Thomasboro Academy is one of two Project LIFT schools where private money pays for 19 extra days of school and a year-round calendar. David T. Foster III dtfoster@charlotteobserver.com
Thomasboro Academy is one of two Project LIFT schools where private money pays for 19 extra days of school and a year-round calendar. David T. Foster III dtfoster@charlotteobserver.com

Education

With gains scarce, CMS and donors pin hope on final 2 years of Project LIFT

January 13, 2016 07:32 PM

Three years into an ambitious public-private turnaround quest, students in Project LIFT schools continue to be less likely to pass exams and more likely to be suspended than counterparts in Charlotte-Mecklenburg Schools, even when compared with other schools facing big challenges.

But CMS leaders and the private donors who pledged $55 million in hopes of transforming nine west Charlotte schools said Wednesday they remain committed.

Both groups cited the marriage metaphor used in news reports when they signed a contract in 2012. “Individually and collectively, this is about reaffirming our vows,” Superintendent Ann Clark said at a joint meeting to review data and discuss the future.

So far test scores show little sign that West Charlotte High and its eight feeder schools are on track to meet the goal of 90 percent on grade level by 2017. Last year only one elementary school topped 50 percent.

We did not commit to climb Crowders Mountain. We committed to climb Mount Kilimanjaro.

Superintendent Ann Clark, on targeting the most challenged schools

A crucial aspect of Project LIFT – it stands for Leadership and Investment for Transformation – was the decision to zero in on a group of schools that would, in theory, serve the same students from prekindergarten through graduation. The private donations have paid to recruit and train educators, buy educational technology, provide extra school time and help parents support their kids. The vision was that each year of support would push students closer to success.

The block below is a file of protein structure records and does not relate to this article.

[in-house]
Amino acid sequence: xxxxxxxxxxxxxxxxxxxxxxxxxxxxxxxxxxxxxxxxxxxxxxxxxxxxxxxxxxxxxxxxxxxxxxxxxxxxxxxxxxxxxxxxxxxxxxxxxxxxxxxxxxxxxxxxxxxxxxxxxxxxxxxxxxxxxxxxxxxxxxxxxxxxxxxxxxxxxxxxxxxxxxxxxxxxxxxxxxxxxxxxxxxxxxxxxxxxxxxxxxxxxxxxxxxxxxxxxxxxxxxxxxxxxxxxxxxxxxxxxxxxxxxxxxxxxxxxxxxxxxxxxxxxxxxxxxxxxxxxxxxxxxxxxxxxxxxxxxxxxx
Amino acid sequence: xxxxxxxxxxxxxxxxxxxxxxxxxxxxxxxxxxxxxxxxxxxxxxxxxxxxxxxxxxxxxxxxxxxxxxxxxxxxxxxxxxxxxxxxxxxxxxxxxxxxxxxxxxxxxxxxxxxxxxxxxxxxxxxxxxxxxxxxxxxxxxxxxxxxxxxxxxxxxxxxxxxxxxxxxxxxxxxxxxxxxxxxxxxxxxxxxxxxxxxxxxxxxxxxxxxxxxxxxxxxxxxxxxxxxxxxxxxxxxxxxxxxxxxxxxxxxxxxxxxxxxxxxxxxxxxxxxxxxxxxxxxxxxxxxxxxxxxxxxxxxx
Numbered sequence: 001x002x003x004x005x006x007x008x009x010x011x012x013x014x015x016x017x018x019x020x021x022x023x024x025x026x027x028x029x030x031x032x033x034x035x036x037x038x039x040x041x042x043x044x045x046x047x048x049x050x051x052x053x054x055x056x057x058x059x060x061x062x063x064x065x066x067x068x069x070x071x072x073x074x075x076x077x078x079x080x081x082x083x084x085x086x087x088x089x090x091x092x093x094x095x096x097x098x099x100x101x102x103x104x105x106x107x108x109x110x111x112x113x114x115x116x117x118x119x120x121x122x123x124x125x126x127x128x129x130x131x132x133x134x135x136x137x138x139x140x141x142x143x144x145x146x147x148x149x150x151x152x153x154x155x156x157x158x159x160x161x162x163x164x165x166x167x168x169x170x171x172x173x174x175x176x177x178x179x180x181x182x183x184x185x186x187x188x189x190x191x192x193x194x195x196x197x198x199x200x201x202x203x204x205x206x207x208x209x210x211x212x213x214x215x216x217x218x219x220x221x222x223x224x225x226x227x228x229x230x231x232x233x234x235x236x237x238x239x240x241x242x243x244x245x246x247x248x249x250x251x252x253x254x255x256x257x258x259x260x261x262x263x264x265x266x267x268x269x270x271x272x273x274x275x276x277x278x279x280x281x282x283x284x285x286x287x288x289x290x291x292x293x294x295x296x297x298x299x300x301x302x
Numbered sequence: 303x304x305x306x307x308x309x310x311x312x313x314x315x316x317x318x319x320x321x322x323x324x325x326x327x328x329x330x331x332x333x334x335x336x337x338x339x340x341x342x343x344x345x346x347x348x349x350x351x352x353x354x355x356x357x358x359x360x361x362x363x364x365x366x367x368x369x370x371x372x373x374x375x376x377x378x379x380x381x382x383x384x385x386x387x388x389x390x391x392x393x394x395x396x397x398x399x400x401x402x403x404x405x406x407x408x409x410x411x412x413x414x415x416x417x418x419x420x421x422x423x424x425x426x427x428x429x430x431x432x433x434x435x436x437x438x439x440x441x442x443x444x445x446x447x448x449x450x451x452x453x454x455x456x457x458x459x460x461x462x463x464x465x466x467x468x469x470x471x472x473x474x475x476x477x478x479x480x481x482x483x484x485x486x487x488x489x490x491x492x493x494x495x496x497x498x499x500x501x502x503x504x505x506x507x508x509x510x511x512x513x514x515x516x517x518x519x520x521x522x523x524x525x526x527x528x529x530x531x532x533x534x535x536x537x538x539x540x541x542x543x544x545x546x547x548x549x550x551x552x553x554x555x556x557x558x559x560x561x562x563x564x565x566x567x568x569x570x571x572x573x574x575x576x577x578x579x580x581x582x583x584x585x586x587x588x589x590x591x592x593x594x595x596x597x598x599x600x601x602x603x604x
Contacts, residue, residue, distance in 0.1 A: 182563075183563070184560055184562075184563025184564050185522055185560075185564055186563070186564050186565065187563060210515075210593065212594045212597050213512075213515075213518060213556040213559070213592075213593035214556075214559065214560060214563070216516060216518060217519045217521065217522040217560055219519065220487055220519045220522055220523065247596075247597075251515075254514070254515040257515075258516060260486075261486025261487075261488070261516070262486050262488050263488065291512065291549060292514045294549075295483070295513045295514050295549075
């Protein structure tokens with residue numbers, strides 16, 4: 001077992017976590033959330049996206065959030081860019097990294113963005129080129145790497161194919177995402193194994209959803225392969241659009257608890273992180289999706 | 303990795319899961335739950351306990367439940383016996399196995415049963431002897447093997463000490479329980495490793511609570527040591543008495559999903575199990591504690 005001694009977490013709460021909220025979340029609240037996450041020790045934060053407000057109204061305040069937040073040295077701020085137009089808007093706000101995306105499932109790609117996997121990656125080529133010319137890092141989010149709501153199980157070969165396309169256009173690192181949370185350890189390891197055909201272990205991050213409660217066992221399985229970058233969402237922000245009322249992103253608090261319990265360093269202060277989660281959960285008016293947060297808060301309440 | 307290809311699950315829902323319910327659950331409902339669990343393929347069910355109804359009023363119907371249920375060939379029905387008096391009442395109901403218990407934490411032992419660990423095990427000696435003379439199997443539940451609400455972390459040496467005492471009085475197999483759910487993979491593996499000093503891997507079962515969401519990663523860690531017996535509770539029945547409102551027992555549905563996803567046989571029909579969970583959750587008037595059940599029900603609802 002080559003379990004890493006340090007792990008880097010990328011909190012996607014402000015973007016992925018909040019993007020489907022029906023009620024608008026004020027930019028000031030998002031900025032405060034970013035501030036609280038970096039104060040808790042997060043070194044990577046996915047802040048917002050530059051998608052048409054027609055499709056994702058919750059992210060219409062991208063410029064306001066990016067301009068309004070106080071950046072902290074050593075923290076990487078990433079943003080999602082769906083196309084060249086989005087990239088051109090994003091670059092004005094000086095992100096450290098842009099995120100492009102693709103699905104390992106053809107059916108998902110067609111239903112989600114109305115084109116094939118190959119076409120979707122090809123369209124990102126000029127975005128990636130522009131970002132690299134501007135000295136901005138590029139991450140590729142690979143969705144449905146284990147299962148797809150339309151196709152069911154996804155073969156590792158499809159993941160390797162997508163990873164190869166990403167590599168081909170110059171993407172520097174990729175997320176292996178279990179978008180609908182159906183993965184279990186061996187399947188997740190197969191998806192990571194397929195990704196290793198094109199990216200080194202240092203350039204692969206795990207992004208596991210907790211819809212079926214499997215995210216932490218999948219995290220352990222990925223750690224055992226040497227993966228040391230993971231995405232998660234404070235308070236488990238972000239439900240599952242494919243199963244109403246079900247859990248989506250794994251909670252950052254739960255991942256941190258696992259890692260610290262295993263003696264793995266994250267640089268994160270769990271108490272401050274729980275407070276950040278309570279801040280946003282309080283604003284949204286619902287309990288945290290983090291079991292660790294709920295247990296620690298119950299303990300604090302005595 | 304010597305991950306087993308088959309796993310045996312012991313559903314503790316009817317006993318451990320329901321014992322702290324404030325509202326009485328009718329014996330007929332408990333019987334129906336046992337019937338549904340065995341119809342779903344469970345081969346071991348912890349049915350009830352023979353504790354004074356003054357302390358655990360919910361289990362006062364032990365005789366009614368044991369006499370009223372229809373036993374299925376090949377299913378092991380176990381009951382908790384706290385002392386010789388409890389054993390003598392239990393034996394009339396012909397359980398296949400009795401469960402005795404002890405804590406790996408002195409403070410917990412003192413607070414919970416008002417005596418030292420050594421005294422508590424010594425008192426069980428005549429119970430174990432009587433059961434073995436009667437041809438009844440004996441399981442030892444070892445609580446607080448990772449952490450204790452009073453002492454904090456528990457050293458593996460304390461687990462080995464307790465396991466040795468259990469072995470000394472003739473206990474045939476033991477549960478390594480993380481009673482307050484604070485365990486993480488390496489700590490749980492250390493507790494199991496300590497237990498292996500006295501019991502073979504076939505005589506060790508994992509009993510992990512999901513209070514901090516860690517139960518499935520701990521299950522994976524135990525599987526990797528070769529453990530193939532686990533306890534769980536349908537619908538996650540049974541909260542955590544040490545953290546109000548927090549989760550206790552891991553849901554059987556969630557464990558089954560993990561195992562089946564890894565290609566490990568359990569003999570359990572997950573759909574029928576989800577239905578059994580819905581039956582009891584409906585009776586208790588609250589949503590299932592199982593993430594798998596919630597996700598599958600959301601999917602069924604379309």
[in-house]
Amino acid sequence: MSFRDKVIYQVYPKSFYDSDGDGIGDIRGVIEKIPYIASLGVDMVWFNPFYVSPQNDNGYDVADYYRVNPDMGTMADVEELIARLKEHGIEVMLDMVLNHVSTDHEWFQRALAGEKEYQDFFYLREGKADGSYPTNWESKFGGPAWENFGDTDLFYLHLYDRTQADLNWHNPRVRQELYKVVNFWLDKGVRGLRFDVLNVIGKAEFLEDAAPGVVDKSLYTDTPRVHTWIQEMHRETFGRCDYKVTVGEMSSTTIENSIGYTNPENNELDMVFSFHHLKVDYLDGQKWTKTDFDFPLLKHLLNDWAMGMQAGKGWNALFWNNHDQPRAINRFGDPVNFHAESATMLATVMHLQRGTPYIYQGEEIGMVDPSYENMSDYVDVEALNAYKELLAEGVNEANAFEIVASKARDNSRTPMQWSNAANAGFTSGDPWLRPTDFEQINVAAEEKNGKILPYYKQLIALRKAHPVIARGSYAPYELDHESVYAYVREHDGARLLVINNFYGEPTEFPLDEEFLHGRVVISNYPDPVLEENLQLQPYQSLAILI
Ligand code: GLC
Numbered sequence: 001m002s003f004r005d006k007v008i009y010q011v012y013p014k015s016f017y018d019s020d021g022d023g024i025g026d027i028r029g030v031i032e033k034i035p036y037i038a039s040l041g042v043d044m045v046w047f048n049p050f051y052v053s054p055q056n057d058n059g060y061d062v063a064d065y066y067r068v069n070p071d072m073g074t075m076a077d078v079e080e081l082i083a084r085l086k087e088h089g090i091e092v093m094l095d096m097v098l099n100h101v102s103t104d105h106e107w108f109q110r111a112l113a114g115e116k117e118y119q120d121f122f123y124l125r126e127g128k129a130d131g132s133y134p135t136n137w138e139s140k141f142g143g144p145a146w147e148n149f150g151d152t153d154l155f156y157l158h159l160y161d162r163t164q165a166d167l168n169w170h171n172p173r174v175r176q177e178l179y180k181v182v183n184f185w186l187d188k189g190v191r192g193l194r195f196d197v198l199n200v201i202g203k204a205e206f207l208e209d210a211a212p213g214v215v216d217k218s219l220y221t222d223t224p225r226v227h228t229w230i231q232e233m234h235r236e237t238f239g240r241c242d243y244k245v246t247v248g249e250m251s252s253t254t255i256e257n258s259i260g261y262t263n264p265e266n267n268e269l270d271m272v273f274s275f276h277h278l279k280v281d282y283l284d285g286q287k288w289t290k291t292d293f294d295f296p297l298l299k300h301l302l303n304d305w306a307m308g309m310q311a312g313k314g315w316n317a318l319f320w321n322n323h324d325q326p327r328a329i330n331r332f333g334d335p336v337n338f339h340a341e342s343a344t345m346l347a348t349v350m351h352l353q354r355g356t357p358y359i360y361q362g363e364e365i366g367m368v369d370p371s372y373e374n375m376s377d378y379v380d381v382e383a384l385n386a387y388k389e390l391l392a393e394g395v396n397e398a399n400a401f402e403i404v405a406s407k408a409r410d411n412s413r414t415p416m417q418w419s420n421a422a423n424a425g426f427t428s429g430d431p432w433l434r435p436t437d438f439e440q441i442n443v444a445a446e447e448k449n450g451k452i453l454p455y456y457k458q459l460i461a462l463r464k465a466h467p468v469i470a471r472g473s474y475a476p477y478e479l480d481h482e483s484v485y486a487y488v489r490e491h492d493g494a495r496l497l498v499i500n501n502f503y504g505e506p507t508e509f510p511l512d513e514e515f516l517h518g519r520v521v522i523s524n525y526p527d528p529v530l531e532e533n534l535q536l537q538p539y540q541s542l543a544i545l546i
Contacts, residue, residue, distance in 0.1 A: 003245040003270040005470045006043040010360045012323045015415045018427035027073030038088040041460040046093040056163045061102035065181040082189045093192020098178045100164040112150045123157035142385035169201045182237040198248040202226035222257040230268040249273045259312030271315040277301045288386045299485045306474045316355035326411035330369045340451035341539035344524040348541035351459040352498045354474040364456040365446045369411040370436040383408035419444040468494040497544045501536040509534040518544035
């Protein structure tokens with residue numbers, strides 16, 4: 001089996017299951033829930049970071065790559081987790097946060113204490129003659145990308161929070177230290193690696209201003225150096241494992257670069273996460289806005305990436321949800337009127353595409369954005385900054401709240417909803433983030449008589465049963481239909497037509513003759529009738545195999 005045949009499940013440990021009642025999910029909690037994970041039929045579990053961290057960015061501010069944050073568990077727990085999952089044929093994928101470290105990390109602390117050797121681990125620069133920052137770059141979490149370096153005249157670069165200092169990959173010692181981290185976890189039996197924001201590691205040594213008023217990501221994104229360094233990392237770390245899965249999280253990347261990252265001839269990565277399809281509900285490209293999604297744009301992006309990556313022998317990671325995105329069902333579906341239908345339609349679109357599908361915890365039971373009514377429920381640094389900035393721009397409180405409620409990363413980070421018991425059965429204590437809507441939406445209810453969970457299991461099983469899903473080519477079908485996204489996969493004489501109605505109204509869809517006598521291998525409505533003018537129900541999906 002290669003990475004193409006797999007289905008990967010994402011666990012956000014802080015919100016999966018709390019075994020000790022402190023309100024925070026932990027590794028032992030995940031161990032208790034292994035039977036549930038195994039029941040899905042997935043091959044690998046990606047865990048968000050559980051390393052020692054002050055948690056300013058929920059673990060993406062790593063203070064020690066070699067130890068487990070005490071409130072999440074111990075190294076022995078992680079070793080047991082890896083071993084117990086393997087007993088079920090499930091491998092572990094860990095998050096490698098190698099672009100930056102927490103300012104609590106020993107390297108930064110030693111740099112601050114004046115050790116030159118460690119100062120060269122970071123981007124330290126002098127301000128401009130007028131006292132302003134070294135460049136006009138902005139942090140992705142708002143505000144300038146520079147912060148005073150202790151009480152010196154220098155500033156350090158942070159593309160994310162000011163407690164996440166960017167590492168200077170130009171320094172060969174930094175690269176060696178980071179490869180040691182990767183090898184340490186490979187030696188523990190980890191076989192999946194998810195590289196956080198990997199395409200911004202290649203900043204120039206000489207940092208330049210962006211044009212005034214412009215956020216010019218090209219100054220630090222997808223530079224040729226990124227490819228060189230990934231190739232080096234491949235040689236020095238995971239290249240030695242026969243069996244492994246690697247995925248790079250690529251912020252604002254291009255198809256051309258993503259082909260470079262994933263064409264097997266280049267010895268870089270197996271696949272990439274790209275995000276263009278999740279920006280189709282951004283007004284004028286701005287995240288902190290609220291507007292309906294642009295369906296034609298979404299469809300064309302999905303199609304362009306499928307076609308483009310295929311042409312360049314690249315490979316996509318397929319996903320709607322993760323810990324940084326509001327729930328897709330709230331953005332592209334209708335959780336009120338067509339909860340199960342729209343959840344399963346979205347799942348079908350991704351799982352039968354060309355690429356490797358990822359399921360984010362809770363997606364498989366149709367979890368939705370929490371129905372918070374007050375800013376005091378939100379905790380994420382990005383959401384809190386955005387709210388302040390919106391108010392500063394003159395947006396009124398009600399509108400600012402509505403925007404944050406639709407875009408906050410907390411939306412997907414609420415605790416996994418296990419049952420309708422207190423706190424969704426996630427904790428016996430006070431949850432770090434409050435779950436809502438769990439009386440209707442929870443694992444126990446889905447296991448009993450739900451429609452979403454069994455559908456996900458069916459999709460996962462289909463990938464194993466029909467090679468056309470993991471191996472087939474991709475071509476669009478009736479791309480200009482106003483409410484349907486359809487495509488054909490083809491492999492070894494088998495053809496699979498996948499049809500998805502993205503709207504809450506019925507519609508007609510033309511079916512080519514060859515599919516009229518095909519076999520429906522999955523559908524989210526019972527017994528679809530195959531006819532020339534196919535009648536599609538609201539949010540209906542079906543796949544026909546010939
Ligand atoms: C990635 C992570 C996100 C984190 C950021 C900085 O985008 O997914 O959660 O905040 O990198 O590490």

In reality, only half the students enrolled in LIFT schools in 2012 were still there in 2015, and only 37 percent of LIFT students moving up to ninth grade went to West Charlotte. Some have moved, living the transient lives of families struggling for survival. Some have sought higher-performing magnets or charter schools, leaving the lowest-performing students behind, researchers say.

“If we had known that about two-thirds of our private money would be bled out … I don’t know that that we would have done it,” said philanthropist and Project LIFT co-chair Anna Spangler Nelson. But despite the unforeseen setbacks, which included constant churn in state testing and CMS leadership, Nelson said she, too, remains focused on the future.

West Charlotte’s rising graduation rate – 76 percent in 2015, up from 56 percent the year before Project LIFT began – is the strongest signal of hope. Rates are rising across North Carolina and the nation, though, and the independent researchers hired to track Project LIFT said they haven’t been able to parse out how much of the change can be attributed to special efforts at West Charlotte.